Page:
17. 17.
    Wulff H et al (2000) Design of a potent and selective inhibitor of the intermediate-conductance Ca2+-activated K+ channel, IKCa1: a potential immunosuppressant. Proc Natl Acad Sci U S A 97(14):8151–8156PubMedCrossRefGoogle Scholar
  18. 18.
    Fuchs BC et al (2008) Epithelial-to-mesenchymal transition and integrin-linked kinase mediate sensitivity to epidermal growth factor receptor inhibition in human hepatoma cells. Cancer Res 68(7):2391–2399PubMedCrossRefGoogle Scholar
  19. 19.
    Freise C et al (2010) An active extract of Lindera obtusiloba inhibits adipogenesis via sustained Wnt signaling and exerts anti-inflammatory effects in the 3T3-L1 preadipocytes. J Nutr Biochem 21(12):1170–1177PubMedCrossRefGoogle Scholar
  20. 20.
    Roy J et al (2009) The intermediate conductance Ca(2+)-activated K(+) channel inhibitor TRAM-34 stimulates proliferation of breast cancer cells via activation of oestrogen receptors. Br J Pharmacol 24:24Google Scholar
  21. 21.
    Hertlein E et al (2010) 17-DMAG targets the nuclear factor-kappaB family of proteins to induce apoptosis in chronic lymphocytic leukemia: clinical implications of HSP90 inhibition. Blood 116(1):45–53, Epub 2010 Mar 29PubMedCrossRefGoogle Scholar
  22. 22.
    Leng AM et al (2012) The apoptotic effect and associated signaling of HSP90 inhibitor 17-DMAG in hepatocellular carcinoma cells. Cell Biol Int 14:14Google Scholar
  23. 23.
    Wang ZH et al (2007) Blockage of intermediate-conductance-Ca(2+)-activated K(+) channels inhibits progression of human endometrial cancer. Oncogene 26(35):5107–5114PubMedCrossRefGoogle Scholar
  24. 24.
    Quast SA et al (2012) General sensitization of melanoma cells for TRAIL-induced apoptosis by the potassium channel inhibitor TRAM-34 depends on release of SMAC. PLoS 7(6):e39290, Epub 2012 Jun 18Google Scholar
  25. 25.
    Dalwadi H et al (2005) Cyclooxygenase-2-dependent activation of signal transducer and activator of transcription 3 by interleukin-6 in non-small cell lung cancer. Clin Cancer Res 11(21):7674–7682PubMedCrossRefGoogle Scholar
  26. 26.
    Calvisi DF et al (2008) Aberrant iNOS signaling is under genetic control in rodent liver cancer and potentially prognostic for the human disease. Carcinogenesis 29(8):1639–1647PubMedCrossRefGoogle Scholar
  27. 27.
    Salminen A, Kaarniranta K (2009) Insulin/IGF-1 paradox of aging: regulation via AKT/IKK/NF-kappaB signaling. Cell Signal 22(4):573–577PubMedCrossRefGoogle Scholar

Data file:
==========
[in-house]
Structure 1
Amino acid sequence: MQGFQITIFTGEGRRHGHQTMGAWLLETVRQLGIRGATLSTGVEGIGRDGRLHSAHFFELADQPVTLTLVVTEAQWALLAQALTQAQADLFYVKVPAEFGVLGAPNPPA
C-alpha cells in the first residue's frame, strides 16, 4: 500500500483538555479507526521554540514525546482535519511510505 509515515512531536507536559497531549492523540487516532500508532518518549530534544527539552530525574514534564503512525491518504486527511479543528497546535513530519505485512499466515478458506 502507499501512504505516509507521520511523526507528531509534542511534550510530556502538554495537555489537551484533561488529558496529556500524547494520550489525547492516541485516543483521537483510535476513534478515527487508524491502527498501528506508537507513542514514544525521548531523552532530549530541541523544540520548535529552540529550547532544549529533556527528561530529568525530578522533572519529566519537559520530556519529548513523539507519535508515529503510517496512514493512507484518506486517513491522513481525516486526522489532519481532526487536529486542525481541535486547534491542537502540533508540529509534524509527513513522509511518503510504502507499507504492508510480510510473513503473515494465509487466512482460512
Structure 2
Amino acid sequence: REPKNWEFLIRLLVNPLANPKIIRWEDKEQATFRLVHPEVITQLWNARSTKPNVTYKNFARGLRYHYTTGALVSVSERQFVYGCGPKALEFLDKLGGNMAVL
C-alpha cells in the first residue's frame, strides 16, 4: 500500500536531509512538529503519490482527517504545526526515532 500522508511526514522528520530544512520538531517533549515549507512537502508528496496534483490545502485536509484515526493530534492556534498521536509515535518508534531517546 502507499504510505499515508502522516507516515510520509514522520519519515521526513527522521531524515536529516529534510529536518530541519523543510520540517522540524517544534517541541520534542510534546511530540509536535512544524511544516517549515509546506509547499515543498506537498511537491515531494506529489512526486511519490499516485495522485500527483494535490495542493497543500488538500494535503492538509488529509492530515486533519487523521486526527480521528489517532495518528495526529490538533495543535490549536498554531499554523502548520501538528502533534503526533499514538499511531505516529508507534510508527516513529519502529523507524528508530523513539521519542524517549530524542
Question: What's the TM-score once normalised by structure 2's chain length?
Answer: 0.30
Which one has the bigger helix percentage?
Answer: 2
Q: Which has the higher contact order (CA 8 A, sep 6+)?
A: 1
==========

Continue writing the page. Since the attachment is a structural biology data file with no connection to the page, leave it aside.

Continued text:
28. 28.
    Sun B, Karin M (2008) NF-kappaB signaling, liver disease and hepatoprotective agents. Oncogene 27(48):6228–6244PubMedCrossRefGoogle Scholar
  29. 29.
    Liu TZ et al (2000) Differentiation status modulates transcription factor NF-kappaB activity in unstimulated human hepatocellular carcinoma cell lines. Cancer Lett 151(1):49–56PubMedCrossRefGoogle Scholar
  30. 30.
    Wu JM et al (2009) NF-kappaB inhibition in human hepatocellular carcinoma and its potential as adjunct to sorafenib based therapy. Cancer Lett 278(2):145–155PubMedCrossRefGoogle Scholar
  31. 31.
    Zhai Y et al (2010) Loss of estrogen receptor 1 enhances cervical cancer invasion. Am J Pathol 177(2):884–895, Epub 2010 Jun 25PubMedCrossRefGoogle Scholar
  32. 32.
    Kaushal V et al (2007) The Ca2+-activated K+ channel KCNN4/KCa3.1 contributes to microglia activation and nitric oxide-dependent neurodegeneration. J Neurosci 27(1):234–244PubMedCrossRefGoogle Scholar

Copyright information

© Springer Science+Business Media New York 2012

Authors and Affiliations

  • Christian Freise
    • 1
    • 4
  • Martin Ruehl
    • 1
  • Daniel Seehofer
    • 2
  • Joachim Hoyer
    • 3
  • Rajan Somasundaram
    • 1
  1. 1.Department of Gastroenterology, Infectiology and Rheumatology, Campus Benjamin FranklinCharité - Universitätsmedizin BerlinBerlinGermany
  2. 2.Department of General, Visceral and Transplantation Surgery, Campus Virchow KlinikumCharité - Universitätsmedizin BerlinBerlinGermany
  3. 3.Department of NephrologyPhilipps-Universität MarburgMarburgGermany
  4. 4.Center for Cardiovascular Research, Campus MitteCharité - Universitätsmedizin BerlinBerlinGermany

Personalised recommendations